Councillors approve £67m 18-storey Hove Gardens scheme for 216 flats

Councillors have approved a £67 million scheme to build more than 200 flats in blocks up to 18 storeys high close to Hove station.

The company behind the scheme, Watkin Jones, said that it hoped that the warehouses currently on the site could be demolished later this year.

And it hopes that the “build to rent” scheme, in Ellen Street, backing on to Conway Street, could be ready for its first tenants in April 2023.

Watkin Jones’s application for 216 flats was approved by Brighton and Hove City Council’s Planning Committee in a “virtual” meeting this afternoon (Wednesday 2 September) by six votes to four.

The scheme – known as Hove Gardens – also includes a community area and space for shops, offices or cafés.

Neighbours and Goldsmid ward councillors praised Watkins Jones for the way that it had engaged with the people locally.

Green councillor Sue Shanks and the former council leader, Labour councillor Daniel Yates, said that good community engagement resulted in improved schemes.

Members said that the Watkin Jones proposal was better than a previous project, granted permission by a government planning inspector in January last year, even though the new scheme was taller.

Hove Station Neighbourhood Forum representative Mike Gibson said that the design and streetscape had been improved thanks to public consultation.

Mr Gibson said: “A big plus is that this is the first virtually car-free development in the Hove Station Quarter.

“It is a first and will hopefully fit into the master plan for the area and ensure the whole area is car-free in accordance with the neighbourhood plan.”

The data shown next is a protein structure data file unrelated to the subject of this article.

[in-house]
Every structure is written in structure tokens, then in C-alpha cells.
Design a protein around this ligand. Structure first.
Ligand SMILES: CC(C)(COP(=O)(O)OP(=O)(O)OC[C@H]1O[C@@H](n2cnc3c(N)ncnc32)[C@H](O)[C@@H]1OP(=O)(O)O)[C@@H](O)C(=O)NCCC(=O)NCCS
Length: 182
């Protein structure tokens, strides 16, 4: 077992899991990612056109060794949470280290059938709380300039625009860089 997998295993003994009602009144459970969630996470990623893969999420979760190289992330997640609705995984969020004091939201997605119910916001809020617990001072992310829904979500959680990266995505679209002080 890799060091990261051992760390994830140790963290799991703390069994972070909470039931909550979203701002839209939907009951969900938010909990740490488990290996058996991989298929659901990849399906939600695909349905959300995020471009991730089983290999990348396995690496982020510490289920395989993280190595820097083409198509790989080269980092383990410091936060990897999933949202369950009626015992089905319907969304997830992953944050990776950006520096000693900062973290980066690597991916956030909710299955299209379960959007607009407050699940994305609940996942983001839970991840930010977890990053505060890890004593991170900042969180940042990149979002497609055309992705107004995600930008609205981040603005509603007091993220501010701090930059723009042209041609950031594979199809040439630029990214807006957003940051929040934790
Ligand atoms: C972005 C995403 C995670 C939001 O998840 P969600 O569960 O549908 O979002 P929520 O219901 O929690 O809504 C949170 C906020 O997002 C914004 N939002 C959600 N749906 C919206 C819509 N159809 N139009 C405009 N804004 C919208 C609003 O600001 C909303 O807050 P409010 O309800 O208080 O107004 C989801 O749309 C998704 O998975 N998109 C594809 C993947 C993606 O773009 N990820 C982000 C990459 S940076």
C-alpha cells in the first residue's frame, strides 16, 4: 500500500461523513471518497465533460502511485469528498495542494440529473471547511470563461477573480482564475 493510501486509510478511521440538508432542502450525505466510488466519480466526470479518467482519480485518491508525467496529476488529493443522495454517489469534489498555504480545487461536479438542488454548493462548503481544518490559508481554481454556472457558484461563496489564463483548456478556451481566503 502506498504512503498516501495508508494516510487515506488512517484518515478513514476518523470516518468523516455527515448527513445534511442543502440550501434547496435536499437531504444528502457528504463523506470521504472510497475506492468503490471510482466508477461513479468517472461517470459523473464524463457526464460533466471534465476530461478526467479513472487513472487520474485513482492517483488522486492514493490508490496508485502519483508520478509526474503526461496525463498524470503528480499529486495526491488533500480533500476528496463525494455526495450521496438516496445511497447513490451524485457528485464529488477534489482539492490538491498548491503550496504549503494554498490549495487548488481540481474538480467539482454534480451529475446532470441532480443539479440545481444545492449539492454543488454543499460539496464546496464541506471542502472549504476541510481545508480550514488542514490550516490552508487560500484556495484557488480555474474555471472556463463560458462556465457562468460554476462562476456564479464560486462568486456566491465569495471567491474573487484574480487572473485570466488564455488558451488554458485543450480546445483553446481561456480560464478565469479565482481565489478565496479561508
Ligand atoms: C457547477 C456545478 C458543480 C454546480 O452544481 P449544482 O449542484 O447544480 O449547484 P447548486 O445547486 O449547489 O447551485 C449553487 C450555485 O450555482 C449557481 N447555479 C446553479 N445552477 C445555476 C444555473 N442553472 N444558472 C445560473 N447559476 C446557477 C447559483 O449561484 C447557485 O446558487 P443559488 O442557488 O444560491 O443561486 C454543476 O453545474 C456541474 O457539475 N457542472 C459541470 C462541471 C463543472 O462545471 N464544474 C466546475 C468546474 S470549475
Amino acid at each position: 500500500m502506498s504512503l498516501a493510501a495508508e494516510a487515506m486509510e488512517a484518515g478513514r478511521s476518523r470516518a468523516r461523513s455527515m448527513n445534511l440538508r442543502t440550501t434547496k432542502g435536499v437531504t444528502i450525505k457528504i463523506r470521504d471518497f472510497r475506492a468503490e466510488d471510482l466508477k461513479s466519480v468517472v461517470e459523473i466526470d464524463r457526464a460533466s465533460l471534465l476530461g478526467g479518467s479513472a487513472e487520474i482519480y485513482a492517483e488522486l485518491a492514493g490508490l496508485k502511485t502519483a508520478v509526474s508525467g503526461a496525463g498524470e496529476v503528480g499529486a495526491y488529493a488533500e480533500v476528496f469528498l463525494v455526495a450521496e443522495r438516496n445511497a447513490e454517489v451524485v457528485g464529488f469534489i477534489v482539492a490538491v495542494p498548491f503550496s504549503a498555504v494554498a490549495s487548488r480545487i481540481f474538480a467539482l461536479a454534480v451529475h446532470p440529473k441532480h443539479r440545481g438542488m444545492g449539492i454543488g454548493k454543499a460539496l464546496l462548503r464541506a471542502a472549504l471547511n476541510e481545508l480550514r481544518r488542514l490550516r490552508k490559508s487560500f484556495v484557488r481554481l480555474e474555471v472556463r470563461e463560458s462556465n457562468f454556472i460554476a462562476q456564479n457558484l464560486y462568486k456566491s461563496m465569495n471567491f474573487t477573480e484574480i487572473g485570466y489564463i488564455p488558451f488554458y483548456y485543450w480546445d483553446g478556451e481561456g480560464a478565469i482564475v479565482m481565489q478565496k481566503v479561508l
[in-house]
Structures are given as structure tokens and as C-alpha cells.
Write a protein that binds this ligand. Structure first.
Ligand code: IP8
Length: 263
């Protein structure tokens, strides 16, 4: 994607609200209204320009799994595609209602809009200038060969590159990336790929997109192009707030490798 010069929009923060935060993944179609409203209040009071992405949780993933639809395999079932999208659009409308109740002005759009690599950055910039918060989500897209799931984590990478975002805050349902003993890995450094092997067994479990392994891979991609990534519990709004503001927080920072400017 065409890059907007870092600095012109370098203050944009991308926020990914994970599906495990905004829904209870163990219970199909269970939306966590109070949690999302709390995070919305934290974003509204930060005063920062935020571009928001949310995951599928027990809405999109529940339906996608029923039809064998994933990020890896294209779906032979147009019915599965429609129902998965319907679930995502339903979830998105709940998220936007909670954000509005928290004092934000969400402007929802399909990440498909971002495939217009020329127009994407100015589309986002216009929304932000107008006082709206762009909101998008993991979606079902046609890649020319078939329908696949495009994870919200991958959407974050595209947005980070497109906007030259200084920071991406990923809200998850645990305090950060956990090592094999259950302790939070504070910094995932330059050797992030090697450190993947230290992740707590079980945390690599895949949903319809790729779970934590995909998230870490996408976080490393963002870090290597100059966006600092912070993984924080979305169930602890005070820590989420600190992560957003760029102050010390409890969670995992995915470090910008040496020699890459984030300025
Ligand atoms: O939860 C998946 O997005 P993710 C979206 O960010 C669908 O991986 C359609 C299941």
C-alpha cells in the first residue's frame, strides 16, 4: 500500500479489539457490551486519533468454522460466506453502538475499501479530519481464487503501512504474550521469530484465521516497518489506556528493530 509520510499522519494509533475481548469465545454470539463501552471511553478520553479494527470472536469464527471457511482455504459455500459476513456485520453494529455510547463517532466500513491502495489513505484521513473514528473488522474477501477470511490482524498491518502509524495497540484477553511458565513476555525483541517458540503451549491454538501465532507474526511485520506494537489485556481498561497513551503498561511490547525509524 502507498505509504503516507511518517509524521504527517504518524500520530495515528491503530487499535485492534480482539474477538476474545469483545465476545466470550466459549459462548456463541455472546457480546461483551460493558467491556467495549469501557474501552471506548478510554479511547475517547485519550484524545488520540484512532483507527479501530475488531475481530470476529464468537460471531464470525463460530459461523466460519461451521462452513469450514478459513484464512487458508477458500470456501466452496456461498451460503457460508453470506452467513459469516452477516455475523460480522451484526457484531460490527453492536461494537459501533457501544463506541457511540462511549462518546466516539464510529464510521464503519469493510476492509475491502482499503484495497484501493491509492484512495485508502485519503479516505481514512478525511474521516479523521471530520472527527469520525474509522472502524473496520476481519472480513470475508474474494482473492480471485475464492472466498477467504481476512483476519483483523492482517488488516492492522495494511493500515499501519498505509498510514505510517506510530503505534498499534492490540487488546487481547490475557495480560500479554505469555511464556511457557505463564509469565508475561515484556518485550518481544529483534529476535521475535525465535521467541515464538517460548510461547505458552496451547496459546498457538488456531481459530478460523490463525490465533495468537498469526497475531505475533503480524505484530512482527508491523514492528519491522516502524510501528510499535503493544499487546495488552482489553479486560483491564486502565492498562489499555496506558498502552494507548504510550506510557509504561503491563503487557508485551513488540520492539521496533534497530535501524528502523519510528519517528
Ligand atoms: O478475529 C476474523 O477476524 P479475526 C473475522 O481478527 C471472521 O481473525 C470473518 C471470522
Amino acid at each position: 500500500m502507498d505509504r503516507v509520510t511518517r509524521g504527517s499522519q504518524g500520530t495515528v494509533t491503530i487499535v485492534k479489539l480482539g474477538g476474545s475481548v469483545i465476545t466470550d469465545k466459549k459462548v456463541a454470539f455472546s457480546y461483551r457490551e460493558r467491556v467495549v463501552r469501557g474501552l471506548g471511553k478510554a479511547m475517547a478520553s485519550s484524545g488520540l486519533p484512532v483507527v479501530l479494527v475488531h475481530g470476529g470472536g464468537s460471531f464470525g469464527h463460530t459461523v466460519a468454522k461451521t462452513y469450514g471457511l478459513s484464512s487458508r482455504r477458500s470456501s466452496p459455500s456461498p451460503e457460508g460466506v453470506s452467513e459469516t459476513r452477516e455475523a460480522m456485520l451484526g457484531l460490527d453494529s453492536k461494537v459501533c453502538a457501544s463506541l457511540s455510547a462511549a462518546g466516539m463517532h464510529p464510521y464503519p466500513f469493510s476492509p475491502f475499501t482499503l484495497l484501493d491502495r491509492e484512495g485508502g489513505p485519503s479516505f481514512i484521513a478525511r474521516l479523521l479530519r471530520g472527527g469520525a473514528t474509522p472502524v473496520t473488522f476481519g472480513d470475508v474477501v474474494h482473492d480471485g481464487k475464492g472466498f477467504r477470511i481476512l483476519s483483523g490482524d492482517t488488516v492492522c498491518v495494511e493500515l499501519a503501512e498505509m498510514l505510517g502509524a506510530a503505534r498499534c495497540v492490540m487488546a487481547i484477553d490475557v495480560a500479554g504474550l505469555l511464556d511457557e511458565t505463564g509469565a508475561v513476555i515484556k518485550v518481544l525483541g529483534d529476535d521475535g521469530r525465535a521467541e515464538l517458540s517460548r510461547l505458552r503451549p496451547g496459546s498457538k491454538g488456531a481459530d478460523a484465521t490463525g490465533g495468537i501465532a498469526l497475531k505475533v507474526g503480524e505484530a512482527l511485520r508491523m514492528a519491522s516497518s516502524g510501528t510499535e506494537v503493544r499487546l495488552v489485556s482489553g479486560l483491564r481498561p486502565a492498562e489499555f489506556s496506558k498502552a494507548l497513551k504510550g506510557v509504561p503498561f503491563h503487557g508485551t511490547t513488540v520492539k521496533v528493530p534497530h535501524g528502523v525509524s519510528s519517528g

Watkin Jones’s planning consultant Nick Green said that no parking would be available on site and that tenants would not be able to apply for parking permits in the area.

Mr Green said that an independent report found that it was not viable to include “affordable” housing on the site but the company appreciated the community’s views on the subject.

It had therefore agreed to provide 10 per cent of the flats for “affordable” rent, at an average 25 per cent discount to market rents.

An artist’s impression of the Hove Gardens scheme looking west along Ellen Street

The plans include 31 studios, 101 one-bed flats, 73 two-bedroom flats and 11 with three bedrooms, making 216 in total, providing homes for about 600 people.

At least 10 of the flats are expected to be wheelchair accessible.

One councillor asked for details of rent levels for the scheme compared with homes in the area and was told that the new flats would cost hundreds of pounds a month more.

But Watkin Jones said that rents included Sky TV, high-speed internet and access to an on-site gym.

Labour councillor Nick Childs voted against the scheme, saying that he objected to the loss of parking spaces in the area and the lack of affordable housing.

He said: “Once again we have a wealthy developer developing in our city and providing insufficient affordable housing.

“A 75 per cent reduction is not affordable for the 9,500 people on our housing list.”

Independent councillor Bridget Fishleigh said that she had looked at the viability report which suggested that the scheme would make an £8 million profit.

She said: “If this scheme cannot deliver more than 10 per cent affordable homes then we should reject it and ask them to come back with a different scheme.”

Green councillor Siriol Hugh-Jones said that a one-bedroom flat would cost £200 a month more to rent than the “local housing allowance”.